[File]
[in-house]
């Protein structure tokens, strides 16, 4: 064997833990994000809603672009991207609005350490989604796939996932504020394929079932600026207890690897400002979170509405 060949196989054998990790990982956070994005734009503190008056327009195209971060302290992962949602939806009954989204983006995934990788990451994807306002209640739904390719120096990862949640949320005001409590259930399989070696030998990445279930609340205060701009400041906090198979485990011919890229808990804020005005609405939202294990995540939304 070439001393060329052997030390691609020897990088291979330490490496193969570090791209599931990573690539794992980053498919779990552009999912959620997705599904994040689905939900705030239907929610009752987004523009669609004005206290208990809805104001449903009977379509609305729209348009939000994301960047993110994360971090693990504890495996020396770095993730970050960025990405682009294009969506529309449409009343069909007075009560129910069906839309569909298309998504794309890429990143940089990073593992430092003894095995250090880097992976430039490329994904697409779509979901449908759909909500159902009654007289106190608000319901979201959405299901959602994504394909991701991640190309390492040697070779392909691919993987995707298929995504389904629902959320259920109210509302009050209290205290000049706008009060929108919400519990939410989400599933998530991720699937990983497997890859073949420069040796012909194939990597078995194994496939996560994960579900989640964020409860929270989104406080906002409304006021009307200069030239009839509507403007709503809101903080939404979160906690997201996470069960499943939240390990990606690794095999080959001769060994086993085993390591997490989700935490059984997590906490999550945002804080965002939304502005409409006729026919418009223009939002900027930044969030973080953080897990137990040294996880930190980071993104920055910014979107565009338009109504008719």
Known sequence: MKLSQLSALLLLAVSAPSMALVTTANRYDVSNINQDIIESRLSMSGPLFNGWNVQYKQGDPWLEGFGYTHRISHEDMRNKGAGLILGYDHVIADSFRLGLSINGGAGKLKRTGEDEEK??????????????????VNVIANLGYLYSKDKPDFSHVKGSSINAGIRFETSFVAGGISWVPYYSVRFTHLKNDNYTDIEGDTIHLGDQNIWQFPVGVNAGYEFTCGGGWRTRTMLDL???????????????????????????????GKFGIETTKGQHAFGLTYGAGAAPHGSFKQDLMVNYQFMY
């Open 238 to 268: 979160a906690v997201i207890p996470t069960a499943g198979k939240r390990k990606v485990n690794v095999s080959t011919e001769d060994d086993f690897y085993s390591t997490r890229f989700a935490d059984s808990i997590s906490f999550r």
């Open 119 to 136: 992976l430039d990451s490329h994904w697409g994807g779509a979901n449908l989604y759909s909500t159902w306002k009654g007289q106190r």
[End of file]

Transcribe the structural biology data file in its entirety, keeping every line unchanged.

[in-house]
């Protein structure tokens, strides 16, 4: 064997833990994000809603672009991207609005350490989604796939996932504020394929079932600026207890690897400002979170509405 060949196989054998990790990982956070994005734009503190008056327009195209971060302290992962949602939806009954989204983006995934990788990451994807306002209640739904390719120096990862949640949320005001409590259930399989070696030998990445279930609340205060701009400041906090198979485990011919890229808990804020005005609405939202294990995540939304 070439001393060329052997030390691609020897990088291979330490490496193969570090791209599931990573690539794992980053498919779990552009999912959620997705599904994040689905939900705030239907929610009752987004523009669609004005206290208990809805104001449903009977379509609305729209348009939000994301960047993110994360971090693990504890495996020396770095993730970050960025990405682009294009969506529309449409009343069909007075009560129910069906839309569909298309998504794309890429990143940089990073593992430092003894095995250090880097992976430039490329994904697409779509979901449908759909909500159902009654007289106190608000319901979201959405299901959602994504394909991701991640190309390492040697070779392909691919993987995707298929995504389904629902959320259920109210509302009050209290205290000049706008009060929108919400519990939410989400599933998530991720699937990983497997890859073949420069040796012909194939990597078995194994496939996560994960579900989640964020409860929270989104406080906002409304006021009307200069030239009839509507403007709503809101903080939404979160906690997201996470069960499943939240390990990606690794095999080959001769060994086993085993390591997490989700935490059984997590906490999550945002804080965002939304502005409409006729026919418009223009939002900027930044969030973080953080897990137990040294996880930190980071993104920055910014979107565009338009109504008719």
Known sequence: MKLSQLSALLLLAVSAPSMALVTTANRYDVSNINQDIIESRLSMSGPLFNGWNVQYKQGDPWLEGFGYTHRISHEDMRNKGAGLILGYDHVIADSFRLGLSINGGAGKLKRTGEDEEK??????????????????VNVIANLGYLYSKDKPDFSHVKGSSINAGIRFETSFVAGGISWVPYYSVRFTHLKNDNYTDIEGDTIHLGDQNIWQFPVGVNAGYEFTCGGGWRTRTMLDL???????????????????????????????GKFGIETTKGQHAFGLTYGAGAAPHGSFKQDLMVNYQFMY
């Open 238 to 268: 979160a906690v997201i207890p996470t069960a499943g198979k939240r390990k990606v485990n690794v095999s080959t011919e001769d060994d086993f690897y085993s390591t997490r890229f989700a935490d059984s808990i997590s906490f999550r």
């Open 119 to 136: 992976l430039d990451s490329h994904w697409g994807g779509a979901n449908l989604y759909s909500t159902w306002k009654g007289q106190r």